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Travel Bug Tuesday – Inside Kiin Kiin

Kiin Kiin Michellin Starred Asian Restaurant Copenhagen Denmark

Standing on a street corner in the trendy suburb of Nørrebro, the cold Danish autumn air was beginning to creep up on the group, desperate to get inside the building we were standing in front of. Our guide for the evening, Henrik from Wonderful Copenhagen appeared in the doorway ushering us all in excitedly.

It was perhaps the most anticipated stop on our street walk of Copenhagen. After visiting Coffee Collective, an award winning coffee shop, the cemetery where Hans Christian Anderson was laid to rest and the restaurant Relæ, where ex-Noma chefs talked about their food philosophy and introduced us to Danish dining, we were hungry for more.

But it was Kiin Kiin that tempted us. As the only Michelin starred Thai restaurant outside of London, residing in an ex-drug club that has been transformed into an elegant dining space. The owner of Kiin Kiin (pronounced “Gin Gin” in Thai), Henrik Yde-Andersen is no stranger to food having worked in Thailand as a chef before establishing Kiin Kiin and now three other successful restaurants in Denmark, including a burger bar and a “hole in the wall” restaurant called ‘Rice Market.’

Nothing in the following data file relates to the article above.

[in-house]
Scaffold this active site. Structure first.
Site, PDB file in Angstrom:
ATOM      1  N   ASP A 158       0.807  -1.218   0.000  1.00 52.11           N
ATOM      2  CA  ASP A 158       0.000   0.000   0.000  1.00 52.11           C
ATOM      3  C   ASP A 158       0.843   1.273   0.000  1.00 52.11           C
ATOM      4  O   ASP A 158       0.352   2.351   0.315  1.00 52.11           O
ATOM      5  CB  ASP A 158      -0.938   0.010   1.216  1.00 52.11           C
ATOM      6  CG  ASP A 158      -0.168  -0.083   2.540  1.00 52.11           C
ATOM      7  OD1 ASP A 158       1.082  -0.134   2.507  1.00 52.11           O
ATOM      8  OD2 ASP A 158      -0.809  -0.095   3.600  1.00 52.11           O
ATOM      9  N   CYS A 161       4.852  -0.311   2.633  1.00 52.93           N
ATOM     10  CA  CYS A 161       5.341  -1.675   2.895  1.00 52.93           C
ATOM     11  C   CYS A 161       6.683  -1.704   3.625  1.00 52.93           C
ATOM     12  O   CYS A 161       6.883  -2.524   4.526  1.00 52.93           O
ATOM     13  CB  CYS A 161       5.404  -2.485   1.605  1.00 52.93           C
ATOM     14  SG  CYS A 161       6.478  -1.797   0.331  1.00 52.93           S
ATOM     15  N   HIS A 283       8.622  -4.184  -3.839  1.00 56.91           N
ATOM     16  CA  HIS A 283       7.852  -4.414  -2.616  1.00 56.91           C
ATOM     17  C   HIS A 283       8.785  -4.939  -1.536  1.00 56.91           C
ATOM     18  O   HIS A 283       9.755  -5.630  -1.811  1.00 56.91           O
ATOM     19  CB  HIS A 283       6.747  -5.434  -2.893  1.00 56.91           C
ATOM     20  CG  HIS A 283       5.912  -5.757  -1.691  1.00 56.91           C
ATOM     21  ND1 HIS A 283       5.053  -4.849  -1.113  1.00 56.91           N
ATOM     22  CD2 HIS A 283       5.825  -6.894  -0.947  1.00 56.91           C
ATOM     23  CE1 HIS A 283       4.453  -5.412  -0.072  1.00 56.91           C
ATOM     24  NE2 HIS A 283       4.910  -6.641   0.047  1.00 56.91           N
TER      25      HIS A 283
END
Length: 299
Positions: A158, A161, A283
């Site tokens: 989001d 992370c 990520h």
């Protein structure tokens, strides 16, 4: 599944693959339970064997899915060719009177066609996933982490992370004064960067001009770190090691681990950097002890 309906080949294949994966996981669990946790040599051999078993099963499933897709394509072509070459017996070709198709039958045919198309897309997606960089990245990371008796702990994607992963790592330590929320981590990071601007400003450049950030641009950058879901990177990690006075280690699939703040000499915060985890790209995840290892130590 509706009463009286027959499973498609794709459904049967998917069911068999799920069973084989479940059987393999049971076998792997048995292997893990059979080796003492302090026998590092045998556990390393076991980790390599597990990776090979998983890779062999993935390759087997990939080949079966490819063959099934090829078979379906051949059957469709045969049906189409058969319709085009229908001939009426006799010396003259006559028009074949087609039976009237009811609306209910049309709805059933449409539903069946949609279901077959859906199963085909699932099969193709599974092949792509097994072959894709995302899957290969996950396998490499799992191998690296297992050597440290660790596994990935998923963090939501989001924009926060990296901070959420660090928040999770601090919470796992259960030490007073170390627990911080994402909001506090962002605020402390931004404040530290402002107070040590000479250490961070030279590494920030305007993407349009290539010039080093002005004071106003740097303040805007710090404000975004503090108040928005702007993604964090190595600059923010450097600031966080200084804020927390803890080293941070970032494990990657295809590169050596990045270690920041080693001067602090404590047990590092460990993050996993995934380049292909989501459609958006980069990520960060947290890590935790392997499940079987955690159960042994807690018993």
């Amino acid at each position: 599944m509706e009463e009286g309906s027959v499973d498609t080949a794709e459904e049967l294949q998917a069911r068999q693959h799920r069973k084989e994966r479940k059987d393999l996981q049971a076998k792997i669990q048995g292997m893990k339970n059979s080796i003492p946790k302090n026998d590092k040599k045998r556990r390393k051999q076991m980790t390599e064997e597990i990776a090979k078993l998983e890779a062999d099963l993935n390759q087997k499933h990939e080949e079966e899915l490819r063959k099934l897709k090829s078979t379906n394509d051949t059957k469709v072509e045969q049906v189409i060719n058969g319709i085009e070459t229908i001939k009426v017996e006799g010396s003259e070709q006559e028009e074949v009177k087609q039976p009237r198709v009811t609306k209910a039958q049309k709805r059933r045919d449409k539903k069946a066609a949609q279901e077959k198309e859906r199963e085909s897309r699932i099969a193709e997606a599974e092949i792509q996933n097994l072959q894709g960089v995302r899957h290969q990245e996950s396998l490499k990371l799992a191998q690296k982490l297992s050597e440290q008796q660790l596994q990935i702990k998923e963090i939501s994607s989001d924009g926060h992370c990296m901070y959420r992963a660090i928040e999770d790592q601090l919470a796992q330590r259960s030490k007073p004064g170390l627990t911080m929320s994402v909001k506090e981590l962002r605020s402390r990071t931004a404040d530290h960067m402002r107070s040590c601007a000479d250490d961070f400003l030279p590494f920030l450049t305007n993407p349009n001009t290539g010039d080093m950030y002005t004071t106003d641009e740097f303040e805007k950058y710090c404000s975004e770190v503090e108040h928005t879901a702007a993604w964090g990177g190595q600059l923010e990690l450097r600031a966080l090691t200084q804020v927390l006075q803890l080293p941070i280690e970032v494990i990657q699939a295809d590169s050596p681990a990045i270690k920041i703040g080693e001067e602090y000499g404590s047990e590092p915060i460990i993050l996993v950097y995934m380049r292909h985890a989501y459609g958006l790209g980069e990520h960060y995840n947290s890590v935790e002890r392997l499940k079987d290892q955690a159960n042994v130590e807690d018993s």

The restaurant name is Thai for “eat eat” and that we did. From the the simple spring rolls executed with the thinnest and most crunchy exterior, to the elegantly  presented scallops, everything breathed ‘Thai.” But though the food captivated my palate and took it to places it had not yet visited, it was the design of the restaurant that most captivated me.

With all furnishings sourced from Thailand by design group Pantra who are located in Bangkok, the simple elegance they had managed to capture excited the wannabe Design student inside of me. From the comfortable couches, almost too soft you could lose yourself in them, or the lights created from twisted pieces of twigs. The wine cupboard which was more a wine bookshelf and finally down to the orchids on the table – white delicate flowers on long stems, a fitting finish to the delicate artistic nature of the food which was served.

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